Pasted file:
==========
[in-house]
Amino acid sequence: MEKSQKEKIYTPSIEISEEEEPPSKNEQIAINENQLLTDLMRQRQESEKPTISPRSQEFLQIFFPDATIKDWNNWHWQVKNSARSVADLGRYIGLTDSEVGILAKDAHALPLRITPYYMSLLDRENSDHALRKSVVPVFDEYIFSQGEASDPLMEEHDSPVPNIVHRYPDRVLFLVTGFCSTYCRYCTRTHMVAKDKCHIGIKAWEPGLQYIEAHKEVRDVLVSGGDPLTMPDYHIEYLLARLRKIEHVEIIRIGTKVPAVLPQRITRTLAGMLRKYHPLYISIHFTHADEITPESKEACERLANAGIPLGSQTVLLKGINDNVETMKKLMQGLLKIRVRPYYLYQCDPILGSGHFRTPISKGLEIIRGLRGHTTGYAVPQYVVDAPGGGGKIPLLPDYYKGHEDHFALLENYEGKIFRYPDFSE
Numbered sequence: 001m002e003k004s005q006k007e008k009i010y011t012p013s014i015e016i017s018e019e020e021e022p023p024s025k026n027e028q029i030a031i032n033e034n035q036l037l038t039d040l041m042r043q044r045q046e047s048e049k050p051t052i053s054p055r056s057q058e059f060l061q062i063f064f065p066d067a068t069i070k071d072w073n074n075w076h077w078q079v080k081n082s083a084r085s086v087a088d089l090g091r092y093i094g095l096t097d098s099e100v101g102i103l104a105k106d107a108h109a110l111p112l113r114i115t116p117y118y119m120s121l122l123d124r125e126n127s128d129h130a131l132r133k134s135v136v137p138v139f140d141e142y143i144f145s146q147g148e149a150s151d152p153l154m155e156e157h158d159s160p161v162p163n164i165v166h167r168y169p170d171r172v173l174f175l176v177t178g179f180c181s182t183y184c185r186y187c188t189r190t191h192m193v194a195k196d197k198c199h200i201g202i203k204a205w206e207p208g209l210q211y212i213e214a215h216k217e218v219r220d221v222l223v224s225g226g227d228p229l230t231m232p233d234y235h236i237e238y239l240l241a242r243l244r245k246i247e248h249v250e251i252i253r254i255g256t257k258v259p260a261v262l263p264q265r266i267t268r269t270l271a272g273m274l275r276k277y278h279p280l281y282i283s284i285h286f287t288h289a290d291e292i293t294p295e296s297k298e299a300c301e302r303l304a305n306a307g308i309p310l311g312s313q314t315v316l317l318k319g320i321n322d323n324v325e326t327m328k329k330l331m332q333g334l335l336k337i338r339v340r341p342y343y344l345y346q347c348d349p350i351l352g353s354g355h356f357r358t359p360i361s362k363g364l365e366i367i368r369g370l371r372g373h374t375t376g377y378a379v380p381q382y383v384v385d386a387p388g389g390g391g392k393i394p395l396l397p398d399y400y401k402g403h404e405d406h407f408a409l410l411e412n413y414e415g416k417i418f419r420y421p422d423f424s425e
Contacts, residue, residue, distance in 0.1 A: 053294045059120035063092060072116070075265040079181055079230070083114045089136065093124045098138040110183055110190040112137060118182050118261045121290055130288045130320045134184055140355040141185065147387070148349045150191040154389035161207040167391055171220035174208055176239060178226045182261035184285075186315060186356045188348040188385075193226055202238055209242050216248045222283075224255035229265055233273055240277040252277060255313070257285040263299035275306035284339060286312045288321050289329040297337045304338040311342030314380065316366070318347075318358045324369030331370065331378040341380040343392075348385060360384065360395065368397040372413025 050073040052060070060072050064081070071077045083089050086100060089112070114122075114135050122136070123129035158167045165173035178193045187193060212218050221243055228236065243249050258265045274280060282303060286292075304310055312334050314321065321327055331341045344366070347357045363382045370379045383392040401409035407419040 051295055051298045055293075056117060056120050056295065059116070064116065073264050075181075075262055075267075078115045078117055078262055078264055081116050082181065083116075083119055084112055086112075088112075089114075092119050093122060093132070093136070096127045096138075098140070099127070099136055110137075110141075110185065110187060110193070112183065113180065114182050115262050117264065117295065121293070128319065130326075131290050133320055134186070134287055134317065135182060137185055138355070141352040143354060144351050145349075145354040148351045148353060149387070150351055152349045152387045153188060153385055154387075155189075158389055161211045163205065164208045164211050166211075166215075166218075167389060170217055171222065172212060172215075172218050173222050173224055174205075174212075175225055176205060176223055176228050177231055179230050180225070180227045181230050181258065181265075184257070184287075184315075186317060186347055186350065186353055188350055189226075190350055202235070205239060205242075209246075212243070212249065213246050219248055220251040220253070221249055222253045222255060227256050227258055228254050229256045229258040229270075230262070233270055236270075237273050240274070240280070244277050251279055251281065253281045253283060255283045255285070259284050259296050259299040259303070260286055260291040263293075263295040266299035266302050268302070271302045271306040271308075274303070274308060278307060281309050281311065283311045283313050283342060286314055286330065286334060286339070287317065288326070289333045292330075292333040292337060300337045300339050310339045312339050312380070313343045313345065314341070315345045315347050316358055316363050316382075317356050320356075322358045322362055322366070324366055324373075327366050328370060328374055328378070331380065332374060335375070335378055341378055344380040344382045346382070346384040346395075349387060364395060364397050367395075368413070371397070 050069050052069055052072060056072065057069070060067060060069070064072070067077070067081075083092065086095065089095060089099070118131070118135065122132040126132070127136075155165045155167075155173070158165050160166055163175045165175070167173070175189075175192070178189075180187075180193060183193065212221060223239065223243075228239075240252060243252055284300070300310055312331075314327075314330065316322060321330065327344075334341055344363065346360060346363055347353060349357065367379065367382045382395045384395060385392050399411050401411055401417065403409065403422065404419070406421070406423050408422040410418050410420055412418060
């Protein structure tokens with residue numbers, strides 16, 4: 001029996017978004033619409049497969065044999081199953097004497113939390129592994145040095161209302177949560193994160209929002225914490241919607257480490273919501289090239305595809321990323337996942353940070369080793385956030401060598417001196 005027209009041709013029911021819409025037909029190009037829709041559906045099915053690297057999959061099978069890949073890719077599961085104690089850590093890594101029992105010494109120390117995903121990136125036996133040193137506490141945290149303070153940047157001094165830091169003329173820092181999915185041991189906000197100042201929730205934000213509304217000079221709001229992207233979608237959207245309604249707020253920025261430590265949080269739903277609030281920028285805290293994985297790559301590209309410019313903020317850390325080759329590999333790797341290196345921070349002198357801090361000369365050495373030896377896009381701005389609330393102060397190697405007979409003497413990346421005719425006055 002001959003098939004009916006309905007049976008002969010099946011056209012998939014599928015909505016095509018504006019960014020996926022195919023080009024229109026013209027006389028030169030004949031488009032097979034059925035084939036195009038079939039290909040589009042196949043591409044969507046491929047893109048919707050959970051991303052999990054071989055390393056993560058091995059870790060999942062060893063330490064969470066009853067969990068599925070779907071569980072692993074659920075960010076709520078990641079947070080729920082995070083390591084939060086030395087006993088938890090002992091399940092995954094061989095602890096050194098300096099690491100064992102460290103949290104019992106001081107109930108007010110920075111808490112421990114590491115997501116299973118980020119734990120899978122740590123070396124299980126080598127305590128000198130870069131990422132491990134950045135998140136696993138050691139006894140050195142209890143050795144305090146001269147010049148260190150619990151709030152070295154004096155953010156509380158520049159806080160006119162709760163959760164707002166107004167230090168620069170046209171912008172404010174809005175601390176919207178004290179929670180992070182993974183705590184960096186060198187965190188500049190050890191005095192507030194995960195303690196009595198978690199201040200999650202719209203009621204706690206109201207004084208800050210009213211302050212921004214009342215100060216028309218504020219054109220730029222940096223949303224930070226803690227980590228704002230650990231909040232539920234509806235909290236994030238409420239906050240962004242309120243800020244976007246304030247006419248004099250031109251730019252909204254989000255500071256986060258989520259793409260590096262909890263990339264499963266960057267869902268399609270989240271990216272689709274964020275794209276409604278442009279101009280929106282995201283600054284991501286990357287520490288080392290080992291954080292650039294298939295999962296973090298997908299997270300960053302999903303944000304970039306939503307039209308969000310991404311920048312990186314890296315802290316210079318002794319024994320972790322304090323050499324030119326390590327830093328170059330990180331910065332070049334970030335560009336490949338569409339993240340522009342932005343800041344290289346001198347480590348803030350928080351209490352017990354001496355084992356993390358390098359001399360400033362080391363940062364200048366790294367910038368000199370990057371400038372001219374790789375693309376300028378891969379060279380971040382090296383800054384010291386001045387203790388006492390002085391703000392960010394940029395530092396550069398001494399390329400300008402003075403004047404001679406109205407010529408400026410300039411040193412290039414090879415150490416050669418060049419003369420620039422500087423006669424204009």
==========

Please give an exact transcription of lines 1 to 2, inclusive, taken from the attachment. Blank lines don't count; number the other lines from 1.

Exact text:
[in-house]
Amino acid sequence: MEKSQKEKIYTPSIEISEEEEPPSKNEQIAINENQLLTDLMRQRQESEKPTISPRSQEFLQIFFPDATIKDWNNWHWQVKNSARSVADLGRYIGLTDSEVGILAKDAHALPLRITPYYMSLLDRENSDHALRKSVVPVFDEYIFSQGEASDPLMEEHDSPVPNIVHRYPDRVLFLVTGFCSTYCRYCTRTHMVAKDKCHIGIKAWEPGLQYIEAHKEVRDVLVSGGDPLTMPDYHIEYLLARLRKIEHVEIIRIGTKVPAVLPQRITRTLAGMLRKYHPLYISIHFTHADEITPESKEACERLANAGIPLGSQTVLLKGINDNVETMKKLMQGLLKIRVRPYYLYQCDPILGSGHFRTPISKGLEIIRGLRGHTTGYAVPQYVVDAPGGGGKIPLLPDYYKGHEDHFALLENYEGKIFRYPDFSE